The operating plan of this section deals with the business affairs on hand, the prospective business you have in mind and your plans to generate new business. Initially, you may focus on getting and retaining a solid customer base. As you expand, you need to consider how to generate new customers. You also have to project the kind of growth and its extent.
A solid business requires a solid financial base. If you plan approaching anyone to become a partner or investor, you need to be accurate. You will need to provide a lender with your personal financial statement for the last 3 to 5 years of your life.
If you are starting out using your own money, you need to compile figures indicating the direction of the first financial year of your business. You need to project your profits, your losses and the profit margin. You need to prepare a balance sheet illustrating the changing or stable nature of this first year in operation. You should also prepare monthly cash flow charts, indicating where the money is going out and how much is coming in. Furthermore, you need to prepare projected capital expenditures. This includes such things as the purchase of a vehicle and lawn care equipment.
The last portion of the financial data of the management section of your business plan will focus on your projections for the next 2 to 5 years. Be sure to cover all aspects. An investor, lender or potential buyer will need to look at these figures before they make a decision. You also need to have these figures to provide yourself with a guideline for future expenditures and direction.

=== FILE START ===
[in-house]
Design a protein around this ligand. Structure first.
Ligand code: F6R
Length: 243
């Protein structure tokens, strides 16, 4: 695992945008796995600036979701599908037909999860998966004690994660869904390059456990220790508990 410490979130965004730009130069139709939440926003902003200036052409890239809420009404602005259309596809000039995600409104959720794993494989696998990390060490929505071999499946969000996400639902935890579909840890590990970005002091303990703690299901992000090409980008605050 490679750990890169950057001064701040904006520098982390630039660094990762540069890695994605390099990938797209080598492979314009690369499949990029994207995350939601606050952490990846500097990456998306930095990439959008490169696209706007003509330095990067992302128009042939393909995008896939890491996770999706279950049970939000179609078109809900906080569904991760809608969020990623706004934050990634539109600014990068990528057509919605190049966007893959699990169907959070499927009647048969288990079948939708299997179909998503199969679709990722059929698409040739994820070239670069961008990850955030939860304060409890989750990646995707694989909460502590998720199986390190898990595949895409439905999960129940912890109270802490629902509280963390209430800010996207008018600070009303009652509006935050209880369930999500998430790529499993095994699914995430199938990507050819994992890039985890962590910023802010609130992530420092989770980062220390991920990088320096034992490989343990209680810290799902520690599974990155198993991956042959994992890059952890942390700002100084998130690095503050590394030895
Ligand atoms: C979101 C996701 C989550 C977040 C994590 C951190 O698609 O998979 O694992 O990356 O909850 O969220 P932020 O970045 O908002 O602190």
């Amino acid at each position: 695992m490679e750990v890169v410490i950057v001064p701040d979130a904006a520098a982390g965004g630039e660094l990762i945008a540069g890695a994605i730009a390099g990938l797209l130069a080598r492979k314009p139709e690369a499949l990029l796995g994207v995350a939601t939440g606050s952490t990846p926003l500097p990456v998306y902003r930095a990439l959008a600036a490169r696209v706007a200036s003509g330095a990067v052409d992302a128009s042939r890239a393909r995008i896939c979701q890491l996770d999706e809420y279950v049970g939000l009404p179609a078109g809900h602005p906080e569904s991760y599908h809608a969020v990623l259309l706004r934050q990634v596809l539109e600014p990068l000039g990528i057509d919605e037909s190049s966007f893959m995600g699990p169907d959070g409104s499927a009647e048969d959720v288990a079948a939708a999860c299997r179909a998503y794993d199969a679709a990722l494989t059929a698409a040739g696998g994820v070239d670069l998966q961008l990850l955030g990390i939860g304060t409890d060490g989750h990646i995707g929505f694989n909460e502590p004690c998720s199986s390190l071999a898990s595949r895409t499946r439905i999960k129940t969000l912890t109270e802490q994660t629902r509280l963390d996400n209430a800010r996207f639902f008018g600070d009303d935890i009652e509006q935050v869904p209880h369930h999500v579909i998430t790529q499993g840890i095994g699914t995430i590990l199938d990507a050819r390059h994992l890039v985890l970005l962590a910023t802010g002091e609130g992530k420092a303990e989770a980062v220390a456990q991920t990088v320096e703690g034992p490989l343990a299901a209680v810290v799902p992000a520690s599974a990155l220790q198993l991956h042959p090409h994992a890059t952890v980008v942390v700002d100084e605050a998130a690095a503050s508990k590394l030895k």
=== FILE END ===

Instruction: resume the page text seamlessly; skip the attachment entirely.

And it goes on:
To sum up, the average business plan should conform to the following outline or adopt a similar pattern:
- Description of business
- Name and address
- Products and services
- Comparison to competition
- Unique or special services you offer
- Description of the total market
- Industry and market trends
- Your target market or niche market
- General strategy
How your own product or service fits into the market
- Method of marketing
- Method of obtaining fulfillment
- Method of invoicing
- Pricing policy
- Compare to market
- Business Structure
- Number of Employees
- Source of employees
- Facilities Plan
- Business on hand
- Prospective business
- Plans to generate new business
- Operating Plan
- Financial statement for past 3-5 years (personal information)
First year financial projections
- Profit and loss statement
- Balance sheet
- Monthly cash flow charts
- Projected capital expenditure
- Annual financial projections for the next 5 years